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Business Unplugged™
This blog features Carol Roth's tough love on business and entrepreneurship, as well as insights from Carol's community of contributors.

Discover Your Fit

Written By: Steve Woodruff | 6 Comments

Anyone can start a business. Just as anyone can walk into a store and try on a bunch of different clothes.

If you don’t know what style and size works best for you, however, and you buy outfits at random, you’re going to walk out of that store looking pretty – well, mismatched.

It works that way in our professional lives too. If we’re not a good “fit” for our work; if our business approach is poorly matched to our strengths and to the needs of the marketplace, we’ll look like the proverbial plaid-and-stripes dresser.

I did sales for nearly two decades, and always felt out of place. Have you heard of Impostor Syndrome? Yeah – that. Turns out, even though I was somewhat successful, that I was really going against my internal wiring all along.

I’m a consultant, not a salesperson.

Introverts often feel pressured to become extroverts. Successful tactical thinkers are sometimes put into strategic roles and begin to flounder. Doers are transitioned into managers; followers are forced to become leaders. Skill sets are assumed to all be acquire-able, and personal wiring is treated as if it is infinitely malleable. It’s not.

This mis-matching isn’t just true of individuals. Businesses regularly pursue work well outside of their core competencies, sacrificing long-term purpose for short-term revenue, and often losing their identity in the process.

I fear that many times, when we end up throwing a fit, it’s because we are occupying spaces where we just don’t fit.

Everything and anything is not your target for business success. Your fit is defined by:

  • Your professional DNA
  • Your unique value-adding offering(s)
  • Opportunities or gaps in a domain you can service (client pain points)

You have a unique sweet spot as an individual or company, an offering that sets you apart. There is a very specific subset of people who will pay you well for what you uniquely offer. That’s where you fit in the market.

Think narrow. Think niche. Think about your identity, not about how to grab at whatever comes along.

Your primary job, right now, isn’t winning the next project, or snagging the next available job opening up the ladder. It’s discovering and defining your fit.

Let’s get practical. How would a business (or consultant) define its optimal fit in the marketplace? Here are some simple steps that will get you on your way:

  1. Where are there holes in the market that we might be able to fill? Is there a new category that we can create, with limited competition?
  2. Of all the things we have ever done, what has been the most excellent (for customers) and fulfilling (for us)?
  3. What’s the main thing people think of us for?
  4. With what combination of offerings/customers have we consistently been profitable?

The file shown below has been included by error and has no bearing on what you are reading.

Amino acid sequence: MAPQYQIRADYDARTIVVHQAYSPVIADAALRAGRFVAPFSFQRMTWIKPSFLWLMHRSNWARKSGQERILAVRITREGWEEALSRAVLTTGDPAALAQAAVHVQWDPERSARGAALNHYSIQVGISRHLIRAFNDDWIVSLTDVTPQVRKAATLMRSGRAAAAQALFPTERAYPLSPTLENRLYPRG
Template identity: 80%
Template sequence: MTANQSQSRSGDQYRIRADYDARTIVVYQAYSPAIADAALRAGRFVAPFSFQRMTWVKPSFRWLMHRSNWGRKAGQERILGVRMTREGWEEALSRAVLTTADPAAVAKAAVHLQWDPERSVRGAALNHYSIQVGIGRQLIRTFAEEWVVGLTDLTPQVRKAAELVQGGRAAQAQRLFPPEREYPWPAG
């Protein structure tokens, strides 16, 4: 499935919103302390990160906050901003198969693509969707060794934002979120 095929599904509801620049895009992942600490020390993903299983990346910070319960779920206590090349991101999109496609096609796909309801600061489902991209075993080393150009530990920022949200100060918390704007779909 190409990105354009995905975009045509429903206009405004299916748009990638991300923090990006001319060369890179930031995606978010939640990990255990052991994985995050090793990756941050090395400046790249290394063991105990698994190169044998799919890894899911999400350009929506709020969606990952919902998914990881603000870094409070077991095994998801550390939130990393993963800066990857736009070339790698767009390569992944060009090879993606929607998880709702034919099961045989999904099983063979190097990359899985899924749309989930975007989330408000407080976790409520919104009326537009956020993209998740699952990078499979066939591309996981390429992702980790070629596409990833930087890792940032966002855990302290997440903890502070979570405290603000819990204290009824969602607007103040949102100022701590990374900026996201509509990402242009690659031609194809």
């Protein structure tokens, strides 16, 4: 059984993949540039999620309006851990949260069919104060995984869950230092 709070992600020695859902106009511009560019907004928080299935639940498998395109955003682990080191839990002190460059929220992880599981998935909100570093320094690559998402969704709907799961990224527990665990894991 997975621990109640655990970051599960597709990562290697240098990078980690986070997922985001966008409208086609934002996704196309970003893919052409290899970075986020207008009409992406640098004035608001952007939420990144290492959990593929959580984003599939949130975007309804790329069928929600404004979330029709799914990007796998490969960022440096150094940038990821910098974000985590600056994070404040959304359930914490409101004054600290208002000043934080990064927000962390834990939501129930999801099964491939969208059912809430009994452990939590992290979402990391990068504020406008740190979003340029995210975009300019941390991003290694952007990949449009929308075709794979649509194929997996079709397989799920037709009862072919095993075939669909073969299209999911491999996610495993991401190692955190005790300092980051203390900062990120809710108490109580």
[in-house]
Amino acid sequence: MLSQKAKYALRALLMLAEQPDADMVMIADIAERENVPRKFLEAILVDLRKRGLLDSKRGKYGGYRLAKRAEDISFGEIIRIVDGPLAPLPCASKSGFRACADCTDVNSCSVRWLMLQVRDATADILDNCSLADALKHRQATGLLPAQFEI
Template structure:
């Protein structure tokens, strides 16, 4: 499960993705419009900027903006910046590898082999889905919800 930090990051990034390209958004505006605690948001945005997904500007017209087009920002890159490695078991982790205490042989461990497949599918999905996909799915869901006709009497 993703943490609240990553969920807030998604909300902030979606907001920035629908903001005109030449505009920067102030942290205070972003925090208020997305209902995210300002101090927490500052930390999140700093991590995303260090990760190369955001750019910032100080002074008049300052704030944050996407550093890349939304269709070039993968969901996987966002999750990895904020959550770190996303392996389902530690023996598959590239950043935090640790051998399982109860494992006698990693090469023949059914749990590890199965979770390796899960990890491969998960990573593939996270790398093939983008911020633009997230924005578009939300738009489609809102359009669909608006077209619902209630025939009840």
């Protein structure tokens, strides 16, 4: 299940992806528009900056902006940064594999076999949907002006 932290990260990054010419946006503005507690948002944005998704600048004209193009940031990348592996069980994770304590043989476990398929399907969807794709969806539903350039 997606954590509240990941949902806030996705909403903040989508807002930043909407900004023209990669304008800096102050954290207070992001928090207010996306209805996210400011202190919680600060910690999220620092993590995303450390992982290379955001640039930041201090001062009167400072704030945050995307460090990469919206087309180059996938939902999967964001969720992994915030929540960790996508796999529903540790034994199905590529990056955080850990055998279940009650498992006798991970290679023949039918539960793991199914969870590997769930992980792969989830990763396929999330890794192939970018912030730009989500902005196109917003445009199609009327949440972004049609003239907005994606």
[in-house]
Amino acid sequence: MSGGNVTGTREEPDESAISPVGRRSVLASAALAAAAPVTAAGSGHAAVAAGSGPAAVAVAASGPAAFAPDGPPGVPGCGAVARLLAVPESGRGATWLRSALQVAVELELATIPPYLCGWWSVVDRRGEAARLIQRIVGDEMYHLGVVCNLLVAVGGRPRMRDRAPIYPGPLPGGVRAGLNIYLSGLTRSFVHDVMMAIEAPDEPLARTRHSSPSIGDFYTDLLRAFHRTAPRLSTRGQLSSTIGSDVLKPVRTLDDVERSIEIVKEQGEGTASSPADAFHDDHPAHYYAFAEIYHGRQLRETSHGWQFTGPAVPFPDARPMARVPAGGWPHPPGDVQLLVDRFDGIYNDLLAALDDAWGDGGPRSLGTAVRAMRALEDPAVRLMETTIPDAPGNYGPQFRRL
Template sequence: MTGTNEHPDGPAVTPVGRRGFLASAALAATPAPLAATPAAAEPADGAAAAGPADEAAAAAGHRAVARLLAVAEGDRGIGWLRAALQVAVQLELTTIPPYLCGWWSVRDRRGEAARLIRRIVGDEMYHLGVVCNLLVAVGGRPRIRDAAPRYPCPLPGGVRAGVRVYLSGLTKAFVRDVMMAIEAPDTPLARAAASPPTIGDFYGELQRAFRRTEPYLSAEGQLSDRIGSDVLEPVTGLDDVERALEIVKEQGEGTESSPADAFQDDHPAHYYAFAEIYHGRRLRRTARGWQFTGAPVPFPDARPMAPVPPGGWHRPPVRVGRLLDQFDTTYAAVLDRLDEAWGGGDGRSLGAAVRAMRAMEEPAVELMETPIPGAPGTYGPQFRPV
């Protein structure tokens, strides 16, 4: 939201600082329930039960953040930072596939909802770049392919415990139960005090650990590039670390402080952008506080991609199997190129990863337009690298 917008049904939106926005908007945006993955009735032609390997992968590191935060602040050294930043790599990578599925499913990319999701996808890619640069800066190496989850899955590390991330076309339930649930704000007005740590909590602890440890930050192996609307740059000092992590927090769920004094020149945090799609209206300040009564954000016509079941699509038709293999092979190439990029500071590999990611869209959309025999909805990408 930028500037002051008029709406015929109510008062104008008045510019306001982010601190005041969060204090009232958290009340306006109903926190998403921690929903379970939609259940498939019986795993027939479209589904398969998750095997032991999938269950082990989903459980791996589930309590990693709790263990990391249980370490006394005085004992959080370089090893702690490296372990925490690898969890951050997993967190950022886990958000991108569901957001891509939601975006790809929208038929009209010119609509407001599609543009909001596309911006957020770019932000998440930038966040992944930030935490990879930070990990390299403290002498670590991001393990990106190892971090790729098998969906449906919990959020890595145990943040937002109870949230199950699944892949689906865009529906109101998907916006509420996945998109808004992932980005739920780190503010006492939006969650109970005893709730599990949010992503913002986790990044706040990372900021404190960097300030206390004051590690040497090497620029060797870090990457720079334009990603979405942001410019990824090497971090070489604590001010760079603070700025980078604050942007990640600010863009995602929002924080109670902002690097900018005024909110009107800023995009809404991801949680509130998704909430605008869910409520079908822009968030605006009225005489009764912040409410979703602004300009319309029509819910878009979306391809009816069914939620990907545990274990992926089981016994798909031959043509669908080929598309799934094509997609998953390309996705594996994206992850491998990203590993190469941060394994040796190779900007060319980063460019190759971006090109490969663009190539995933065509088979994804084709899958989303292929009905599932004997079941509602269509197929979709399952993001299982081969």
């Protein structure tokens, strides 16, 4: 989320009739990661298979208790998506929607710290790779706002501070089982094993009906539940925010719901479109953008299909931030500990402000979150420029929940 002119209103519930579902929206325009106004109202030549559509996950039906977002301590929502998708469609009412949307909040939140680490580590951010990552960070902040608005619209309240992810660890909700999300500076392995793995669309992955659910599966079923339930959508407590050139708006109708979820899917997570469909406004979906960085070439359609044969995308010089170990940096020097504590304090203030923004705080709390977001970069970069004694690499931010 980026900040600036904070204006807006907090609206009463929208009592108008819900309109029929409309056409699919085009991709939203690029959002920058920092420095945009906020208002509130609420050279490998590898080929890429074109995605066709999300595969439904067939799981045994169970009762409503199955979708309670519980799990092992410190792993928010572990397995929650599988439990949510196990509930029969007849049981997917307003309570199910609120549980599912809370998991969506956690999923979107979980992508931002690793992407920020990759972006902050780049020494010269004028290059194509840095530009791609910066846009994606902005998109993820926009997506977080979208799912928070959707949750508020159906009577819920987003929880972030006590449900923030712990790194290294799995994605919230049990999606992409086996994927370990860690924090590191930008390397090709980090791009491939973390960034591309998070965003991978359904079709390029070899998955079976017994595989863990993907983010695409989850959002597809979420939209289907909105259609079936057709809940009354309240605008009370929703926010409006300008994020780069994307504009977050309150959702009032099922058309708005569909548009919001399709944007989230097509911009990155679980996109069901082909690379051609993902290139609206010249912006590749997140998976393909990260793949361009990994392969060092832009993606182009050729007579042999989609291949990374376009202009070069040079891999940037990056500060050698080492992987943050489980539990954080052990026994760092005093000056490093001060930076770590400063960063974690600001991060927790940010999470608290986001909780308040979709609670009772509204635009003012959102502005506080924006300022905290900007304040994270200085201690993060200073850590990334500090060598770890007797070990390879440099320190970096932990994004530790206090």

5. Will digging deeper with fewer customers/offerings lead to greater profitability than going wide?
  6. What niche do we have a chance of potentially dominating?
  7. What kinds of clients have been high-maintenance and/or unprofitable? Can we do without them?
  8. Where is our new business win rate highest?

By and large, any individual who has been in the workplace for a number of years, and any business that has been active in the market for a while, has all the puzzle pieces scattered about on the table. It takes some time and introspection and strategic thinking to put them together and discover the best fit.

And, once you’ve discovered your fit, then you are far more able to stand in front of potential clients and Pitch A Fit! But that’s a post for another day.

P.S. – Download Steve’s new eBook Make Yourself Clear! Six Steps to De-fogging Your Direction and Your Message.

Article written by
Steve Woodruff is the world’s only Clarity Therapist and helps individuals and businesses discover their fit. Visit his website/blog at www.SteveWoodruff.com.
  • Great points Steve. If I may add one to yours it would be to get clear on your core values and orientate your work around that as work that is orientated around our values is where fulfillment lives.

  • PointA_PointB

    I think that is an excellent addition, @Ali_Davies . What do you think swoodruff ?

  • @PointA_PointB  Thanks Catherine. Glad you liked it.

  • Ali, I absolutely agree – part of a right “fit” is shared culture, including values. I’ve seen many people lose heart in their work because their values and those of the companies are not in alignment. And, yes, that has somewhat fed into my bias toward starting your own business!

  • @SteveWoodruff That is exactly why I left the corporate world back in 2001 Steve. Being Self Employed means that I can orientate my business and my life totally around my own values.

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